Many applications typically require an email verification step to authenticate identity before logging the user in. If a person signs up for any app using Facebook Login, an account is created for them, and the authentication step is taken care of by Facebook by using an access token, and the user does not have to enter their username and password every time they access the app.
On September 25, Facebook’s engineering team discovered a security issue that allowed users to get access to other users’ access tokens. Once you have access to someone’s access token, it allows you to take control of their account.
According to the September 28 update, Facebook has fixed the vulnerability and invalidated data access for third-party apps for the affected individuals. They are still unsure whether any of the compromised accounts were misused or if any personal and sensitive information was accessed using them.
This is particularly noteworthy for organizations that allow users to log-in to their web application through their Facebook account. More than 90 million users use Facebook, and many of these users have it set-up as their login authentication for multiple professional, personal and financial apps that they use daily. These apps contain sensitive information and if the authentication method is compromised, it could potentially lead to a data breach and leakage of sensitive information.
50 million accounts were affected by this security flaw, and Facebook has reset the access tokens of all these accounts for security purposes. Another 40 million accounts will also have their access tokens reset as a precaution. All affected Facebook users will be logged out of their Facebook accounts as well as all apps that use Facebook login as a method of authentication. They will need to re-enter their password when they access Facebook or the other apps again.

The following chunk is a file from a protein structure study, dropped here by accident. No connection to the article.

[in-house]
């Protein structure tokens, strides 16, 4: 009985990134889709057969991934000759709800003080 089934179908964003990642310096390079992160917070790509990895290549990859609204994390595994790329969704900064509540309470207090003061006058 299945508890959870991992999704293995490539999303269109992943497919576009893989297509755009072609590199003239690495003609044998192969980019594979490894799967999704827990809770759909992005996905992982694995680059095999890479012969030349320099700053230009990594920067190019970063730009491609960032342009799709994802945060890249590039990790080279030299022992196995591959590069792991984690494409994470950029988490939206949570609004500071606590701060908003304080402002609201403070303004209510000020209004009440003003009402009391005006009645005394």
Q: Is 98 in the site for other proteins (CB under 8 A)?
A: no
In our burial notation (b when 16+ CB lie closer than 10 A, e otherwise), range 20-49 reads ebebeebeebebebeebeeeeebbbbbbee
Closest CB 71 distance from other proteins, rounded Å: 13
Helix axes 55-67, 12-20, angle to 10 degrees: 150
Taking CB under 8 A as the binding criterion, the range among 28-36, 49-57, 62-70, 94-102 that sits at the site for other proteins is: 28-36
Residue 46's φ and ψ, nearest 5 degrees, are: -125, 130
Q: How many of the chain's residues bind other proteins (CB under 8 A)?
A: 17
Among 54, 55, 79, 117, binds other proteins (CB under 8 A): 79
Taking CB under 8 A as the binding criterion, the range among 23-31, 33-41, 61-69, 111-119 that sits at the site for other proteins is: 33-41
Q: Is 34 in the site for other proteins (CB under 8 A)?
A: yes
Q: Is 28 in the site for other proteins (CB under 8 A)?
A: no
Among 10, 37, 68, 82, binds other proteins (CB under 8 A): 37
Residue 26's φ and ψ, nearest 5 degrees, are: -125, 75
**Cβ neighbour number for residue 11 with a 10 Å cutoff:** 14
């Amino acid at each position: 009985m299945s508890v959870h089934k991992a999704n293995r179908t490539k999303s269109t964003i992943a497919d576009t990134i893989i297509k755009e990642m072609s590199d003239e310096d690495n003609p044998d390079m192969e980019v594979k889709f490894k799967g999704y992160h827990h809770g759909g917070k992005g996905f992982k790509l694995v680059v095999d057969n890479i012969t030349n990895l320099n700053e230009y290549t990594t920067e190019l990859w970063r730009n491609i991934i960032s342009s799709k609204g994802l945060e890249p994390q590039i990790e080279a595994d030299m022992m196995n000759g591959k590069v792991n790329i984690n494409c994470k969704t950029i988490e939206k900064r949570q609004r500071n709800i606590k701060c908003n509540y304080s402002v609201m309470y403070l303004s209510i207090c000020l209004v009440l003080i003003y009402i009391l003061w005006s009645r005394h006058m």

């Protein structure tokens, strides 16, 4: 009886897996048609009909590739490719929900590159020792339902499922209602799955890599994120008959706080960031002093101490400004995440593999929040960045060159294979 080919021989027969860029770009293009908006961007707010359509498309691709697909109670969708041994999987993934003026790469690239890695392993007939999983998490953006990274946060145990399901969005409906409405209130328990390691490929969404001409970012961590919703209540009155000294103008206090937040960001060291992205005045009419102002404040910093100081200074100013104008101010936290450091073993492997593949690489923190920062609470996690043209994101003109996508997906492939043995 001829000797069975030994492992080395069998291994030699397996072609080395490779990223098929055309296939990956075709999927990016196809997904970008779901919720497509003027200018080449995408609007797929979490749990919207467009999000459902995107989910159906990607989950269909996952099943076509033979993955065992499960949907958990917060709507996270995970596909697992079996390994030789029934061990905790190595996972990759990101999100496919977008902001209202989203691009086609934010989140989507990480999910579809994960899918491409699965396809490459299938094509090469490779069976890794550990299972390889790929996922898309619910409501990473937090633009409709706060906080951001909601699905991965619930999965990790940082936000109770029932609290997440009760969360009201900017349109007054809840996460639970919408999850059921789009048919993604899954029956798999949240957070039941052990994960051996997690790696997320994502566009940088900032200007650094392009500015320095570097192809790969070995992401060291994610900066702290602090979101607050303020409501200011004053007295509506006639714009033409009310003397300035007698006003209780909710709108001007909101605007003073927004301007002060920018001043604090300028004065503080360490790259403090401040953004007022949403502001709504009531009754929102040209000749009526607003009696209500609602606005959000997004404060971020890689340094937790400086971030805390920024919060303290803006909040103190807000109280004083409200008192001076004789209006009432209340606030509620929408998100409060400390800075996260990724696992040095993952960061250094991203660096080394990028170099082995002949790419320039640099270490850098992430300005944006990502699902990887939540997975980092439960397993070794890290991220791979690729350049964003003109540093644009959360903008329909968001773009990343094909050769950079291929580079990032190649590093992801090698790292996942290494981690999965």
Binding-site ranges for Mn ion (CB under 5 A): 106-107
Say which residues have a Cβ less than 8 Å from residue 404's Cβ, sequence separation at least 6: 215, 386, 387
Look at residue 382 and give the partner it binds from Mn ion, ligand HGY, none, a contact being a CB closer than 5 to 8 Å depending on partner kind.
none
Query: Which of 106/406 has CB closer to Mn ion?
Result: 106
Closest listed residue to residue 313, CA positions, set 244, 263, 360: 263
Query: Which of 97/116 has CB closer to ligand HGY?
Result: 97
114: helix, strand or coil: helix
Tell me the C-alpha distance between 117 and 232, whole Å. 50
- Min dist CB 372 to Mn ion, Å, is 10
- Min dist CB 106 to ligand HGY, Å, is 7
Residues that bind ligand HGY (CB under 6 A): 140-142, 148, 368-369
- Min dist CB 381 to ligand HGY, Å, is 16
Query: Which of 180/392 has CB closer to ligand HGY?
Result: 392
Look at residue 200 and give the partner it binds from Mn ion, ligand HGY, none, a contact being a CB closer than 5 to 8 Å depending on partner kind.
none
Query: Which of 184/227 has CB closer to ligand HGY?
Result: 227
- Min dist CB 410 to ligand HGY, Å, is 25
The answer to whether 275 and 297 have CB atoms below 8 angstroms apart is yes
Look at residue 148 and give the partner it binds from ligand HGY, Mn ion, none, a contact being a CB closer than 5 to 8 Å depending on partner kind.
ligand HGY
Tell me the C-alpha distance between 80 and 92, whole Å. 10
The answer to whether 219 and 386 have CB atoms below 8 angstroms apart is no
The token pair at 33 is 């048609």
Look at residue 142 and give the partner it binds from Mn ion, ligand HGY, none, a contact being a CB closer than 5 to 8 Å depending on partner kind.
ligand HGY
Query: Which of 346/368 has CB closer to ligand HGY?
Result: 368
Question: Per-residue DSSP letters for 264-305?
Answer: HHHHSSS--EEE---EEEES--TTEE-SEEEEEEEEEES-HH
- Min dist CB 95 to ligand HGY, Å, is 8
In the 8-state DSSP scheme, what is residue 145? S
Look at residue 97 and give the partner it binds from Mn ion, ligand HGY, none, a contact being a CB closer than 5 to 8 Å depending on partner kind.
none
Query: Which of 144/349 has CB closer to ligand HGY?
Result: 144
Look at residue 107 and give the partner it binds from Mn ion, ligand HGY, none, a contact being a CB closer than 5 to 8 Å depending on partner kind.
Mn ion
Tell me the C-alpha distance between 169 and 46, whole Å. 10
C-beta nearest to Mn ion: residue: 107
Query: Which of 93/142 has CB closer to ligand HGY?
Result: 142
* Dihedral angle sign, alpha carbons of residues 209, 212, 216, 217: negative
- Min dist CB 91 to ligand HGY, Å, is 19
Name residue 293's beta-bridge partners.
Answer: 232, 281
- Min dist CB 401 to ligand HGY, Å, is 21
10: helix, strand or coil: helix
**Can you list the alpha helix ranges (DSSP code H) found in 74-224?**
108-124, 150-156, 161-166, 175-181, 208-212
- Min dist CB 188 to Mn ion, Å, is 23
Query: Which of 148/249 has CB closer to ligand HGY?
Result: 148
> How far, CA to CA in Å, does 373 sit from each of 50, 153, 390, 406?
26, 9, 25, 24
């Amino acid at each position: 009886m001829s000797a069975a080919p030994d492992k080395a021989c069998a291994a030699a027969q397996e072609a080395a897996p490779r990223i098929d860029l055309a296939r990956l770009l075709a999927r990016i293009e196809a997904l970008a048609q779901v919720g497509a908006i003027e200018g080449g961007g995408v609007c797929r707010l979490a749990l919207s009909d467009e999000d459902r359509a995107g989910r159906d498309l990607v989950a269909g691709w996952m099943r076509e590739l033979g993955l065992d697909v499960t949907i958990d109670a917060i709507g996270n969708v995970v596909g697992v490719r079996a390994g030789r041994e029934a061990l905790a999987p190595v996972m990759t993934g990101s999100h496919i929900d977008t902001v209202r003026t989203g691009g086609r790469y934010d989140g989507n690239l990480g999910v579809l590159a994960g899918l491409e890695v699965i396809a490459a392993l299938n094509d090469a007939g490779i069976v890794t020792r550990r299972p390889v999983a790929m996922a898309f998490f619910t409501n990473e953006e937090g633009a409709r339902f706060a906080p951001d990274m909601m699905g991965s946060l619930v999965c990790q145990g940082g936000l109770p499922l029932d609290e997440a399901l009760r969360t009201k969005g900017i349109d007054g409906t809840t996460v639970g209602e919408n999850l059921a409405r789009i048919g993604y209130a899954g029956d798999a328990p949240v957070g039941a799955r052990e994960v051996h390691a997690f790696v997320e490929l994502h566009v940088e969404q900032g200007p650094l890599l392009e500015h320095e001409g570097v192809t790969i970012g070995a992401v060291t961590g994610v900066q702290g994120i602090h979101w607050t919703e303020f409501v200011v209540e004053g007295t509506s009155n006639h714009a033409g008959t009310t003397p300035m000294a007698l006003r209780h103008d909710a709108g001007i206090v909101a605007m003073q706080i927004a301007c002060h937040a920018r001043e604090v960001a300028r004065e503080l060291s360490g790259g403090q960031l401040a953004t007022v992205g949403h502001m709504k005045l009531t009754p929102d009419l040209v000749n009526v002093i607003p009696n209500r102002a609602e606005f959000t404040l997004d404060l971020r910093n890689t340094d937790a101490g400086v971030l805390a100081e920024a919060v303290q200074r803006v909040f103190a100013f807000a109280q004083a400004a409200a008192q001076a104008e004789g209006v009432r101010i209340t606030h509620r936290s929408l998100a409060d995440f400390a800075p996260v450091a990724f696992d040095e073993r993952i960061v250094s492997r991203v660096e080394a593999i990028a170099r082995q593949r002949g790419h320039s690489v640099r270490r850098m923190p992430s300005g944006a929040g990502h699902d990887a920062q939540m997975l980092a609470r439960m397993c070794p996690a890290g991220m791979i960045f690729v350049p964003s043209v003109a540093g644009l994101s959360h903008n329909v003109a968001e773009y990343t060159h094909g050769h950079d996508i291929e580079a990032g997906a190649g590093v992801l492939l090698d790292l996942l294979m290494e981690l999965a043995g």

Many apps have stored data like credit card information, SSNs, addresses and birth dates, etc. The main risk would be exposure or leakage of sensitive data – personal, professional or financial.
If a bad actor has gained access to access tokens of Facebook users, he can use it to take over their accounts and gain access to private and sensitive information. The extent of misuse of the token depends on the permissions set by the owner.
· Logging out of Facebook from all places with a one-click option by going to Settings à Security and Login.
· Resetting the password to your account and setting up two-factor authentication for the same.
· SKOUT recommends that organizations disable Facebook and other Social Media authentication methods for their web applications.
· SKOUT also recommends that users refrain from using Facebook or any other Social Media accounts for authentication to third-party apps of personal use which use sensitive data.
· In cases where users are permitted by their organization to authenticate to their web app using Facebook, SKOUT recommends that customers review the web application syslogs for unusual activity or any logins from unusual IP addresses.
If you have any questions, please contact our Security Operations Center.